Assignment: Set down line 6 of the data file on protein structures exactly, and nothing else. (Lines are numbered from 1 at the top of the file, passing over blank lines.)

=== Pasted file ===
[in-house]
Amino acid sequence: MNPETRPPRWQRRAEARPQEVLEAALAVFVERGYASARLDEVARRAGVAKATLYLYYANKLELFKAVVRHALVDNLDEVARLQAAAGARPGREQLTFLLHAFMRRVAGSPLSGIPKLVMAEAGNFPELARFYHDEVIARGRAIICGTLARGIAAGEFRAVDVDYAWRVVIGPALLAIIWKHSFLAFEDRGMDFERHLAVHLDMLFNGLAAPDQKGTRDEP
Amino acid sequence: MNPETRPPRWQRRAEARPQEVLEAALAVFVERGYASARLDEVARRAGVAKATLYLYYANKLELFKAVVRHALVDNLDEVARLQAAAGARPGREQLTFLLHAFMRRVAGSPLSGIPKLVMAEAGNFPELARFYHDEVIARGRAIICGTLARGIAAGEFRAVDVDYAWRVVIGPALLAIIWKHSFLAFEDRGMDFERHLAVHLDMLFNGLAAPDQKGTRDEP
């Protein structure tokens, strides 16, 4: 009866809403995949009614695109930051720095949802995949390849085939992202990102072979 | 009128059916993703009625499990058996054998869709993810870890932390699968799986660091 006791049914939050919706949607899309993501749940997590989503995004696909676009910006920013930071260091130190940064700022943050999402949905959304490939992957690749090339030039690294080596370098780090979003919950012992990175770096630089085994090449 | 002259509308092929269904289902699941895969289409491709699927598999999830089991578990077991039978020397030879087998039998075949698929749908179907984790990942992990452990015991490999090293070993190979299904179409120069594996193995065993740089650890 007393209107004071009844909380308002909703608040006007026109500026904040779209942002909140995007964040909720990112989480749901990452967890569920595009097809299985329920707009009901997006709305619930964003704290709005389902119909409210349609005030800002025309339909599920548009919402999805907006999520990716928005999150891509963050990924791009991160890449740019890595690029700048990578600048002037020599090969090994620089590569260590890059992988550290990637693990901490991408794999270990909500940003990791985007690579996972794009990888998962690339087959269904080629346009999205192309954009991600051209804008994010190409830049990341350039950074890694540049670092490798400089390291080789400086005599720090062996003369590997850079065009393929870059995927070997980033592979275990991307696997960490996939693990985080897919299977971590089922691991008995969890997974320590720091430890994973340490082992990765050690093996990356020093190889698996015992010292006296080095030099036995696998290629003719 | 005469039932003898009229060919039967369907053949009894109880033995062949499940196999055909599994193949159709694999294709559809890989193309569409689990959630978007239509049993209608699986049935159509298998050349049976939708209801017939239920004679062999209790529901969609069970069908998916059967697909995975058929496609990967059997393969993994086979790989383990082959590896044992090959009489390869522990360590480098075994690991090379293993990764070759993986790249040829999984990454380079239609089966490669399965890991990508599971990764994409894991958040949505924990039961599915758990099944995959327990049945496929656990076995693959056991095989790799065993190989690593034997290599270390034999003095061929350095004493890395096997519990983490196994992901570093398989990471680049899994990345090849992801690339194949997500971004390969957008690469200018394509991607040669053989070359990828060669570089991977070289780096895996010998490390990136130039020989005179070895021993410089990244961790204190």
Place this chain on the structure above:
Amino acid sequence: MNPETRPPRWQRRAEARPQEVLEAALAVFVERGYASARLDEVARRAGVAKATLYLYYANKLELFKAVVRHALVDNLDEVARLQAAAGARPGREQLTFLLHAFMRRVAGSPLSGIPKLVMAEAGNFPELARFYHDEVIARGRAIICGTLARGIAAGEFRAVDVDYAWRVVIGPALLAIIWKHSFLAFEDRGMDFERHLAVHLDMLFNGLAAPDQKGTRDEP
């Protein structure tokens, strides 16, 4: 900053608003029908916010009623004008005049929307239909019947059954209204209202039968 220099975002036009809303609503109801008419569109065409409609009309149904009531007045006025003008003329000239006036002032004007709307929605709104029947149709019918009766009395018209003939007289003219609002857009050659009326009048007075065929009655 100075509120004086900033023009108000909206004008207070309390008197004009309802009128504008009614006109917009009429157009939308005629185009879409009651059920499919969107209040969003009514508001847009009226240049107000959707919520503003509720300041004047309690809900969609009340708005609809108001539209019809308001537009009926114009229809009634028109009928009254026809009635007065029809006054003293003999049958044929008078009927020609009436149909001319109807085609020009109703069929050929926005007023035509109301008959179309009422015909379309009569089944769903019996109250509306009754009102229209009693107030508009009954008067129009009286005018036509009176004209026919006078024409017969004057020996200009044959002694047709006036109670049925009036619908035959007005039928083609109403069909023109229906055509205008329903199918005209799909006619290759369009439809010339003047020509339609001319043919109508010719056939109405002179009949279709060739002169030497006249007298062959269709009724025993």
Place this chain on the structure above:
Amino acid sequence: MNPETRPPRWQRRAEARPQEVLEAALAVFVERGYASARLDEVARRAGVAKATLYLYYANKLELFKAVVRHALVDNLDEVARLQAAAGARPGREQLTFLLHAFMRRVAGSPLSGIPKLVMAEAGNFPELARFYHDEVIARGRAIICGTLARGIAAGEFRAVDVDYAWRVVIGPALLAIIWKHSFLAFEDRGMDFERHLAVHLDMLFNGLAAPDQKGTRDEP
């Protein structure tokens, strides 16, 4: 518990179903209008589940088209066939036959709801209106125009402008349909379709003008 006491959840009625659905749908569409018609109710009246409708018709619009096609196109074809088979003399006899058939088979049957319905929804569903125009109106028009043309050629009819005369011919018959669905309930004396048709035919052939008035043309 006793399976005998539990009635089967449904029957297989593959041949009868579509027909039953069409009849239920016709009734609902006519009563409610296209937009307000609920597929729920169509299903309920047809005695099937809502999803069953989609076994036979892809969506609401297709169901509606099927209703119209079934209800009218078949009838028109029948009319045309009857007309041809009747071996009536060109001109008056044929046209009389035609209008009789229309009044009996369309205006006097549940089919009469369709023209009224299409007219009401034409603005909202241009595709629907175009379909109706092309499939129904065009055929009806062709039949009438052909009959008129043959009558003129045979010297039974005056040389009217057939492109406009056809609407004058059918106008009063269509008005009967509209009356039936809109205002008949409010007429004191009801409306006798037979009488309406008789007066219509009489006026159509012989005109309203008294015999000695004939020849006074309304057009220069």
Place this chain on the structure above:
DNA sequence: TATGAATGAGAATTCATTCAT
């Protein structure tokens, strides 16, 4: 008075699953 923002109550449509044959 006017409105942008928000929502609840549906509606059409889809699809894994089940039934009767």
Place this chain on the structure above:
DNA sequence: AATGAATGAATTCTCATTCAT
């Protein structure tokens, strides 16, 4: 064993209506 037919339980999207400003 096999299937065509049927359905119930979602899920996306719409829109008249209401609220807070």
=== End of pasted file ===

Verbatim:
Amino acid sequence: MNPETRPPRWQRRAEARPQEVLEAALAVFVERGYASARLDEVARRAGVAKATLYLYYANKLELFKAVVRHALVDNLDEVARLQAAAGARPGREQLTFLLHAFMRRVAGSPLSGIPKLVMAEAGNFPELARFYHDEVIARGRAIICGTLARGIAAGEFRAVDVDYAWRVVIGPALLAIIWKHSFLAFEDRGMDFERHLAVHLDMLFNGLAAPDQKGTRDEP